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Elections official with ties to ACORN lets voter fraud go unchecked
Ohio Secretary of State Jennifer Brunner is breaking federal law by not giving county elections boards the chance to determine whether new voter registrations are fraudulent, a federal judge ruled this evening.
"It is hard to imagine a public interest more compelling than safeguarding the legitimacy of the election of the president of the United States," said Judge George C. Smith of U.S. District Court in Columbus in upholding the Ohio Republican Party's request for a court order.
Brunner's office said she is filing an immediate appeal with the 6th U.S. Circuit Court of Appeals.
Smith, appointed by President Reagan, said the Help America Vote Act (HAVA) requires states not only to verify the addresses and other identifying information provided by newly registered voters with the state Bureau of Motor Vehicles and the federal Social Security Administration, but also to provide counties with the names of new voters whose records did not match.
Brunner's office had been doing the computerized verification, but the GOP argued that Brunner had not made the names available to county elections boards. The judge gave her a week to comply.
The judge said he lacked the authority to order the counties to clean up the voter rolls once they had the list, but he noted that Ohio law permits challenges to absentee ballots.
Meanwhile, authorities in Greene County are seeking records on all 302 people there who took advantage of a six-day window in which Ohioans could register to vote and cast a ballot at the same time.
County Prosecutor Stephen Haller and Sheriff Gene Fischer, both Republicans, are seeking voter-registration cards and change-of-address forms from the county board.
Haller acknowledged that he was not aware of specific fraud accusations but said the sheriff acted on general complaints about the possibility that students might vote twice - once at home and once at school. The county includes several colleges and universities, such as Cedarville, Central State, Wilberforce and Wright State. Democrat Barack Obama's campaign targeted college campuses in a push to sign up new voters.
Haller is the ex-law partner of Mike DeWine, the former GOP U.S. senator who is chairing Republican John McCain's Ohio campaign.
In his 16-page ruling, Smith cited the "millions of qualified electors across the state of Ohio whose confidence in the electoral process will be undermined if new voter registrations are not verified in accordance with (federal law), and if unqualified individuals are permitted to cast votes. This would demean the voting process and unlawfully dilute the votes of qualified voters."
Brunner said in a statement that her office "will do everything within its power to ensure that the state's 88 county boards of elections can continue to allow early voting to proceed uninterrupted and to assist them with their preparation to ensure a smooth election for the voters of Ohio."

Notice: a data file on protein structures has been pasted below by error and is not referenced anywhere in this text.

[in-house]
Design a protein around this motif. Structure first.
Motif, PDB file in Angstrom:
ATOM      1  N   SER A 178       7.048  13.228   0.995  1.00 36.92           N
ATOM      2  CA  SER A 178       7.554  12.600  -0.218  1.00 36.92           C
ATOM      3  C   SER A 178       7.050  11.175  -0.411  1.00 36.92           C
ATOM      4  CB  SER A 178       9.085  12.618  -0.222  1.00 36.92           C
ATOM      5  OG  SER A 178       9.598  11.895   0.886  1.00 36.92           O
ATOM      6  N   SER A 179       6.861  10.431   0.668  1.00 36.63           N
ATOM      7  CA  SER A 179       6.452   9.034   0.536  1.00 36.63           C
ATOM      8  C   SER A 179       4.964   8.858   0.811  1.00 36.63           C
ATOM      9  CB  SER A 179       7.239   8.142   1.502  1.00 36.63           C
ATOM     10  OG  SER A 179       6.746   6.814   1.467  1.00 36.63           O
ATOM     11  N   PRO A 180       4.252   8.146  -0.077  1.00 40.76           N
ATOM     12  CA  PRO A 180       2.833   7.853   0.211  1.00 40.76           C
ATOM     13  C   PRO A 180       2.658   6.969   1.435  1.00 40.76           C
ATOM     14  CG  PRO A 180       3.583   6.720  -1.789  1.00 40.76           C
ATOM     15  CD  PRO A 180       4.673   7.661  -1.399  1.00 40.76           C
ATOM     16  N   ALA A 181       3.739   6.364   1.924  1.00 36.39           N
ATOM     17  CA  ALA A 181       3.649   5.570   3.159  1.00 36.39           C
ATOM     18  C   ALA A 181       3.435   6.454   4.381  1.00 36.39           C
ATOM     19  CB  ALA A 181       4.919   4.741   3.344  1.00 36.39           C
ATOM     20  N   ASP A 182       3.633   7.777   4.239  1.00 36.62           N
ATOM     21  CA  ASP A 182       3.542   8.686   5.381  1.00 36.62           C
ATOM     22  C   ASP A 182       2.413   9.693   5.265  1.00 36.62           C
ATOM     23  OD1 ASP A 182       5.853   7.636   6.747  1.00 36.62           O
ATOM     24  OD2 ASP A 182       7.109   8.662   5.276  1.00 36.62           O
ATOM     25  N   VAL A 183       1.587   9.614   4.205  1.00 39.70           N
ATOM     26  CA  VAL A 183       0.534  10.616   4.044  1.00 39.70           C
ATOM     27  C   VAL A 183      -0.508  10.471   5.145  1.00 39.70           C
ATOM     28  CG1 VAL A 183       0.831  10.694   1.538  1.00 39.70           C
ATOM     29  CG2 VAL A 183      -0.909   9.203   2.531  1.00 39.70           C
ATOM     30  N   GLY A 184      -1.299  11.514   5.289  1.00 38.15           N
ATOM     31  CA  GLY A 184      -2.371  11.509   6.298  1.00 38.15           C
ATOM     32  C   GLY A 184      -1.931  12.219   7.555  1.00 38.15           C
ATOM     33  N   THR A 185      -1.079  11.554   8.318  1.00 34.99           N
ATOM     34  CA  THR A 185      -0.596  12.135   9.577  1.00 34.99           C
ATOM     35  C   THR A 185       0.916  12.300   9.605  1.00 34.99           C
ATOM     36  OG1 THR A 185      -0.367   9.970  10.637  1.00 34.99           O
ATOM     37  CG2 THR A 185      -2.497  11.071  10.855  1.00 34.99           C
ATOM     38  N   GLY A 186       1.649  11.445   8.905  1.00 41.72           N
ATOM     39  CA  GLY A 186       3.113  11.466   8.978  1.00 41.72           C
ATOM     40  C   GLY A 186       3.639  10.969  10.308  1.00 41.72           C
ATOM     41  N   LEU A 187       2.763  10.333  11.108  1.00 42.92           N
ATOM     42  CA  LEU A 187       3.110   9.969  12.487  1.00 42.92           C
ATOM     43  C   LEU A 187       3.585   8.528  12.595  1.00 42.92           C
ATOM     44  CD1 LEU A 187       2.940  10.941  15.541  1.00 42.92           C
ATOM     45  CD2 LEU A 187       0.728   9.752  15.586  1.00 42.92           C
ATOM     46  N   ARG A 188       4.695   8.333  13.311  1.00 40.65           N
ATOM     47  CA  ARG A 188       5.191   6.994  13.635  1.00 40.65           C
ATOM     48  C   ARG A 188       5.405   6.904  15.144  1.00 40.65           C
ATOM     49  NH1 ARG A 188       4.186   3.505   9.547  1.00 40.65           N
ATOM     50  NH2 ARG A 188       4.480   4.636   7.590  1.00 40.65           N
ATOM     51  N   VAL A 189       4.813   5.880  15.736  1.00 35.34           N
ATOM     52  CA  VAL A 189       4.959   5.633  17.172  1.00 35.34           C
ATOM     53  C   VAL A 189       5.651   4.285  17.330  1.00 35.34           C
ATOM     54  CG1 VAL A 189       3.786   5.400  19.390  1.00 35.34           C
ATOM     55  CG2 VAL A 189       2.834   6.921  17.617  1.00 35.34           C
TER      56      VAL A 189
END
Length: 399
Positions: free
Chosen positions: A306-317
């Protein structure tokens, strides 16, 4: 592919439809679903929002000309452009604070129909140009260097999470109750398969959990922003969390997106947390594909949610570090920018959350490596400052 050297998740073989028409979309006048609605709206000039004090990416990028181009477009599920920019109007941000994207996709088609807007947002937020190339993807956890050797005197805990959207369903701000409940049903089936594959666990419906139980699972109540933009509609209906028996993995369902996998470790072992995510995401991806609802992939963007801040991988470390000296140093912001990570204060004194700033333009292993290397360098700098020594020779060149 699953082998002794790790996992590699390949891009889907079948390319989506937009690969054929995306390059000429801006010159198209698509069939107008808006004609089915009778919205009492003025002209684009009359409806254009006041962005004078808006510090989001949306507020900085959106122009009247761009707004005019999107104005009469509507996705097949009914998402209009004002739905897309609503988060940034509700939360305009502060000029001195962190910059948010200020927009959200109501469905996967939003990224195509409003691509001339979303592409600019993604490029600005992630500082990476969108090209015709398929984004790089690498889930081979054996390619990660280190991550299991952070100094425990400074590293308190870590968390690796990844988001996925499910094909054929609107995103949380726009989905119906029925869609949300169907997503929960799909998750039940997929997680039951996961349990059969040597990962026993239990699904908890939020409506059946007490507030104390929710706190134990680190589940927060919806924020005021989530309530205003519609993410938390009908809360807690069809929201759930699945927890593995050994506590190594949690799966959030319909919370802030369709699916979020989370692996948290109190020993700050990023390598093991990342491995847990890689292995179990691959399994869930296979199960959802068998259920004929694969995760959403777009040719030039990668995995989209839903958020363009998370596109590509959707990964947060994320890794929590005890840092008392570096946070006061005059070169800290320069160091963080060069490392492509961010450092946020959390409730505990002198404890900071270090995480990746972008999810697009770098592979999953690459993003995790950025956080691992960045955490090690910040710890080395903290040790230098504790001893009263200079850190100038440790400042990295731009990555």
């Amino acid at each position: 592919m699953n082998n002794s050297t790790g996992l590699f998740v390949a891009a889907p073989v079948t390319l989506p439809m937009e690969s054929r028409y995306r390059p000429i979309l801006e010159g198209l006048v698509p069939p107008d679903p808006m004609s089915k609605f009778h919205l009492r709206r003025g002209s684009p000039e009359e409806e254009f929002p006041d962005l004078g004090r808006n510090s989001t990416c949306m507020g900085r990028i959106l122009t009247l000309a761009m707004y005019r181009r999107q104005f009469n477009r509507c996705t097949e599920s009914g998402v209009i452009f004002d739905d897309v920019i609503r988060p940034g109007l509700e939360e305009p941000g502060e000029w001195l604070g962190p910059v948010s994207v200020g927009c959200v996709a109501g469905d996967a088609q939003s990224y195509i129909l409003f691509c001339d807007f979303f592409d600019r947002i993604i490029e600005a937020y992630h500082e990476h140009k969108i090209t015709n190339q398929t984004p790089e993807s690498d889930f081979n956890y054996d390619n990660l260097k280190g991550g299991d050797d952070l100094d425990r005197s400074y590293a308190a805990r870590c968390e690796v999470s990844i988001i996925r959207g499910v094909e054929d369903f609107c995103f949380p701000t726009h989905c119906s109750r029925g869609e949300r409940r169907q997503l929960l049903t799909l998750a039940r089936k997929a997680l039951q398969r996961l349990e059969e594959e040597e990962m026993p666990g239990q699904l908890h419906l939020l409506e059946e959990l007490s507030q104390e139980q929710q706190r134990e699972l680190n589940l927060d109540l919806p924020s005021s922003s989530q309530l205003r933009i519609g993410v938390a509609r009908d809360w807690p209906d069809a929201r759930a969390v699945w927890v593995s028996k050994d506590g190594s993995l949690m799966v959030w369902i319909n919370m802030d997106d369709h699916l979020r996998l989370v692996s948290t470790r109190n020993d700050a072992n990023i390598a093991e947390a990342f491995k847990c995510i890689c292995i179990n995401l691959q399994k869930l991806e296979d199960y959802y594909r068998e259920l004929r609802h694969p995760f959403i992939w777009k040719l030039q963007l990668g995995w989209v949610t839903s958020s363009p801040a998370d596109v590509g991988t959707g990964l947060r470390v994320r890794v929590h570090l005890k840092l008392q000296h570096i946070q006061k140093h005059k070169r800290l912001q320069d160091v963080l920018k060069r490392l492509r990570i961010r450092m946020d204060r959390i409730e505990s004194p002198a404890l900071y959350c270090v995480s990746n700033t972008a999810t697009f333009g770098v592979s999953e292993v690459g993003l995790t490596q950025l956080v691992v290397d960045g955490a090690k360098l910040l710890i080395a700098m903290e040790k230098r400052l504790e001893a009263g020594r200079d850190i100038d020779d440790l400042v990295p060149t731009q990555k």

Smith specifically cited questionable activity of one group that registered thousands of new Ohio voters: the Association of Community Organizations for Reform Now, or ACORN.
Ohio Republican Deputy Chairman Kevin DeWine said the ruling spoke volumes about Brunner, a Democrat.
"Her refusal to comply with federal law raises serious concerns about her ability to objectively oversee this election. It's especially troubling in light of her connection to ACORN and that group's stunning confession this week of fraudulent registration activity happening right here in Ohio," DeWine said.
An ACORN representative is on a Brunner advisory committee, while Republicans say Obama has "strong ties" to ACORN, serving in the past as an attorney and "leadership trainer" for the group.
Within three hours of the ruling, DeWine sent out a GOP fund-raising appeal, saying, "Please contribute today and help us fight the legal effort by Secretary of State Jennifer Brunner and her Democrat allies to let voter fraud go unchecked."
Earlier in the day, national Republicans turned up the heat on allegations of voter-registration fraud by ACORN.
Sean Cairncross, chief counsel for the Republican National Committee, called ACORN a "quasi-criminal organization" in a conference call with reporters.
He pointed to past legal problems for ACORN, which registers low-income, minority and young voters, and press reports about bogus registration cards being submitted this fall in Ohio and several other states.
The Cuyahoga County Board of Elections, for example, reportedly is investigating about 50 duplicate or fictitious forms submitted by ACORN. Group leaders reportedly have told county officials they can't stop all fraud. The group's headquarters in Las Vegas also was raided recently amid reports of phony voter registrations, some of which simply listed the names of Dallas Cowboys players.
Franklin County had problems with ACORN in 2004 after authorities discovered dozens of voter registration forms with fake names or false information. A part-time worker for the group was indicted on charges he forged a registration form.
So far this year, officials said they have had 11 challenges to new voter registrations, and about half had been submitted by ACORN. Elections Director Michael Stinziano and Deputy Matthew Damschroder said it's impossible to know how many bad registration cards might get through.
But Damschroder, a Republican, said ACORN has been "markedly better" in the county since 2004, and there's no evidence of anyone casting a ballot using a fraudulent registration.
Asked for a response, ACORN spokesman Charles D. Jackson wanted questions submitted in writing but still didn't respond.